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ON FAITH & MEDIA View Comments

Drive

By
Joseph McAleer
Source: Catholic News Service

NEW YORK (CNS) -- You'll need a good road map to navigate the plot twists and turns of "Drive" (FilmDistrict), a dark, introspective drama about a self-absorbed loner who lives for the open road but unexpectedly finds his conscience along the way.

Despite stylish direction from Nicolas Winding Refn ("Valhalla Rising"), "Drive" ultimately suffers from an identity crisis, unable to decide whether it is an action movie, a love story, a slasher film or a morality tale. Turns out it's a little bit of everything.

Ryan Gosling portrays the driver, who is aptly called Driver, a man of few words but master of the long, penetrating stare. His coolness quotient is off the charts, reminiscent of a young Steve McQueen.

By day, Driver has two jobs: He's a stunt car driver for action movies, and he fixes cars at the auto body shop run by Shannon (Bryan Cranston).

By night, Driver and Shannon show their true colors, running heists around Los Angeles. Driver is the getaway driver, considered the best in the business.

His wheels? A souped-up Chevy Impala. "It's the most common car in California," Shannon says. "No one will be looking for it."

Not content with petty crime, Shannon buys a race car, and is determined to make Driver a star. He seeks the backing of two mob bosses, Bernie Rose (Albert Brooks), a washed-up film producer, and Nino (Ron Perlman), whose Italian restaurant (which serves Chinese food) is a front for organized crime. Soon, Shannon learns that neither mobster is particularly interested in an honest living on the NASCAR circuit.

Meanwhile, "Drive" shifts gears, as Driver takes notice of his new high-rise neighbor, Irene (Carey Mulligan), and her adorable son, Benicio (Kaden Leos). Something stirs in Driver, and soon he is part of the family, experiencing a kind of domestic bliss. Good thing Irene's husband, Standard (Oscar Isaac), is away in prison.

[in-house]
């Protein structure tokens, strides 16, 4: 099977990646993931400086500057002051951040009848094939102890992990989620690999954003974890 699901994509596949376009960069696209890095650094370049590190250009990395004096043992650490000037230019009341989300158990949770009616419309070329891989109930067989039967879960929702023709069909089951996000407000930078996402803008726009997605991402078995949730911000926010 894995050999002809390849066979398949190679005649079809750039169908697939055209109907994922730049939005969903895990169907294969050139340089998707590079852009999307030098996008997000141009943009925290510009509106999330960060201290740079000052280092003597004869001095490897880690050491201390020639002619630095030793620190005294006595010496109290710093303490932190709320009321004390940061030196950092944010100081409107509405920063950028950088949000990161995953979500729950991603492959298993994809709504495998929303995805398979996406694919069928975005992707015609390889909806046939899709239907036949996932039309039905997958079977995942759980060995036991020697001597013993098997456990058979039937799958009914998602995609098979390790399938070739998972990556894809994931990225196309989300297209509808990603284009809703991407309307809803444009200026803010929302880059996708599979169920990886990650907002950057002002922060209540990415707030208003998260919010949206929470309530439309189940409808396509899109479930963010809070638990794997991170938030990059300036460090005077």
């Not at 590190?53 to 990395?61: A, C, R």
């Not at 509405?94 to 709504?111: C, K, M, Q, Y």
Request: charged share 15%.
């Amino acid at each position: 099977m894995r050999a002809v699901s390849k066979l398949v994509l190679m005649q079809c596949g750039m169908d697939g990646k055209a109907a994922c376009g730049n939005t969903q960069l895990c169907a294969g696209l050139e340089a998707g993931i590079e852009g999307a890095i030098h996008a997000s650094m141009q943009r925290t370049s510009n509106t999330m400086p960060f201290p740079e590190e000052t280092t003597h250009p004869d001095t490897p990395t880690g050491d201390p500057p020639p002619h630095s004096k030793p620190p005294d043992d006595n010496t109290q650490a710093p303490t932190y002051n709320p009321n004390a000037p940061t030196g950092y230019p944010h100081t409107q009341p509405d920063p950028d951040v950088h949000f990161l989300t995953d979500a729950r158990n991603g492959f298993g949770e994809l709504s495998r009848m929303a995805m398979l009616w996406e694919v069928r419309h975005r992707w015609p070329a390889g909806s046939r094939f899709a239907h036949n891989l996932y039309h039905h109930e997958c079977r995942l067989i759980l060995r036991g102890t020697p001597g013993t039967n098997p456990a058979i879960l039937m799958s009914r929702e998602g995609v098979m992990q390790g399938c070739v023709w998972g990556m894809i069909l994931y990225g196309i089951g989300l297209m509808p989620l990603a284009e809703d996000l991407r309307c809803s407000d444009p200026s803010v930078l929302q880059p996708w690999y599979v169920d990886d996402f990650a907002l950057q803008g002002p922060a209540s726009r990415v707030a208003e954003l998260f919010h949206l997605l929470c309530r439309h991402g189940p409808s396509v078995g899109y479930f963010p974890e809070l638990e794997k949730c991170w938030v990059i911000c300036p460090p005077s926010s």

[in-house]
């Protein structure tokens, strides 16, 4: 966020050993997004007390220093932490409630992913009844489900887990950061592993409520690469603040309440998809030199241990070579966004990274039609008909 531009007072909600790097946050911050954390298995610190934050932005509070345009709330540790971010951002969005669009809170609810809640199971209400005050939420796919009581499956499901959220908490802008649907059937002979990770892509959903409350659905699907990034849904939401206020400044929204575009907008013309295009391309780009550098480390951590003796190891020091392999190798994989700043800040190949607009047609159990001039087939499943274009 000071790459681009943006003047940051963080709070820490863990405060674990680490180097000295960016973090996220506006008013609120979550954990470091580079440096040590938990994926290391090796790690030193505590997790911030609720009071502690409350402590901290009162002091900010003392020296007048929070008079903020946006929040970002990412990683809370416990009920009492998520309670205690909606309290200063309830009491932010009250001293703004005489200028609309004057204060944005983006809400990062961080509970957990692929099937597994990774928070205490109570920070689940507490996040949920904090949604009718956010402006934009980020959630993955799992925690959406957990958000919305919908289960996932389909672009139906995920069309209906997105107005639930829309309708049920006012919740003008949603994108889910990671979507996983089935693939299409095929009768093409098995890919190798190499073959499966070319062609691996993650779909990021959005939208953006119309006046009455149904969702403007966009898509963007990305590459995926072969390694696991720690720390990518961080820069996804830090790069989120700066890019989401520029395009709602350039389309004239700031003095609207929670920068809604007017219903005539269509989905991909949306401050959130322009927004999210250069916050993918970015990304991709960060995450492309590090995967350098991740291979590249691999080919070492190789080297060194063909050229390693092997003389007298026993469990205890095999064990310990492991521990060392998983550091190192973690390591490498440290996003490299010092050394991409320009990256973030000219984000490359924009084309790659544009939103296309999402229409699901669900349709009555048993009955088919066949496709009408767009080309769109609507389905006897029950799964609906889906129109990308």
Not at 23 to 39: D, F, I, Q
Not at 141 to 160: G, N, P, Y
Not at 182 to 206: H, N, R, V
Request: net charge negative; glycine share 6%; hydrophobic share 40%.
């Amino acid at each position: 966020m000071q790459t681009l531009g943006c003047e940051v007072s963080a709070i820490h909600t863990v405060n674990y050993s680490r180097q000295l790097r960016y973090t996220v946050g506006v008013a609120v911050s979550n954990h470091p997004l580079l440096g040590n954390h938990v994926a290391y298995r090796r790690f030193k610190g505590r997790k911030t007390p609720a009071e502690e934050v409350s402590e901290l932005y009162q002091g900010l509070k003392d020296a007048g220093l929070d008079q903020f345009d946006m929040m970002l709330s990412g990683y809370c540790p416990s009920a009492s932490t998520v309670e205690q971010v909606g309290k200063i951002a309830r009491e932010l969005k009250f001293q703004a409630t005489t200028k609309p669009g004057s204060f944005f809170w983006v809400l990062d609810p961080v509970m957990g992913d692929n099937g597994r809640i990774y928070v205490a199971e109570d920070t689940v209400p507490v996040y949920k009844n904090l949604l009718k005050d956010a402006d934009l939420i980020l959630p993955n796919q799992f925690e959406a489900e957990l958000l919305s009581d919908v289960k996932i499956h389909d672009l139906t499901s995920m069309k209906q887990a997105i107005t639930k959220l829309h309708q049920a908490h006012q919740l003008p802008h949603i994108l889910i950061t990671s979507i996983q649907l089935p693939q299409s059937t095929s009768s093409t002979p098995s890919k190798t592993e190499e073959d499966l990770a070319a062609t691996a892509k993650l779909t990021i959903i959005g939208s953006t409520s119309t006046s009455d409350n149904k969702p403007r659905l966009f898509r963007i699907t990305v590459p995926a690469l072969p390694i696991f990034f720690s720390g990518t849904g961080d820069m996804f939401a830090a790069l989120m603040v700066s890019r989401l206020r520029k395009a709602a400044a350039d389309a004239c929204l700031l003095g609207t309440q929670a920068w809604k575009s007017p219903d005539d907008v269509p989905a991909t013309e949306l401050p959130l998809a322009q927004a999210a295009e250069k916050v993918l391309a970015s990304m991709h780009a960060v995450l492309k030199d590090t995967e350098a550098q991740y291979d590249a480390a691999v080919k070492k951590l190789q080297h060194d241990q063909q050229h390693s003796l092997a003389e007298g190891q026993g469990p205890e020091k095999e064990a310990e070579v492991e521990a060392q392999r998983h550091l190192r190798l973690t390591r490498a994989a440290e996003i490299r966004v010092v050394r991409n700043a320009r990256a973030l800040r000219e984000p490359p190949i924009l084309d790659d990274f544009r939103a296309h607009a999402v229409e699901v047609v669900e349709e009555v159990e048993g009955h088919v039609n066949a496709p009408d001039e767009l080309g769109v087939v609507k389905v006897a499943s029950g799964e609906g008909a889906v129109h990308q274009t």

Just when "Drive" should be heading off into a happily-ever-after (if immoral) sunset, the film takes another turn. Standard is sprung and comes home, determined to make life better for his family. One thing, though: He still owes the mob money, and is beaten to a pulp. Driver takes pity on him, and offers to arrange one last heist, which will raise enough to put Standard and his family on the straight and narrow.

Of course, the road to redemption is never straight, and "Drive" takes off in yet another unexpected—and shocking—direction.

"Drive" is determined to make Driver, despite his flaws, a sympathetic character. While his concern for innocent victims is laudable, the violence he uses to exact justice is not. His moral compass is badly skewed and veers him off the correct path.

The film contains brutal bloody violence and gore, upper female nudity and frequent rough language. The Catholic News Service classification is O—morally offensive. The Motion Picture Association of America rating is R—restricted. Under 17 requires accompanying parent or adult guardian.

*****
Joseph McAleer is a guest reviewer for Catholic News Service.



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Miguel Agustín Pro: 
		<i>¡Viva Cristo Rey!</i> (Long live Christ the King) were the last words Fr. Pro uttered before he was executed for being a Catholic priest and serving his flock. 
<p>Born into a prosperous, devout family in Guadalupe de Zacatecas, Mexico, he entered the Jesuits in 1911, but three years later fled to Granada, Spain, because of religious persecution in Mexico. He was ordained in Belgium in 1925. </p><p>Fr. Pro immediately returned to Mexico, where he served a Church forced to go “underground.” He celebrated the Eucharist clandestinely and ministered the other sacraments to small groups of Catholics. </p><p>He and his brother Roberto were arrested on trumped-up charges of attempting to assassinate Mexico’s president. Roberto was spared but Miguel was sentenced to face a firing squad on November 23, 1927. His funeral became a public demonstration of faith. He was beatified in 1988.</p> American Catholic Blog Virtues guide our behavior according to the directives of faith and reason, leading us toward true freedom based on self-control, which fills us with joy that comes from living a good and moral life.

 
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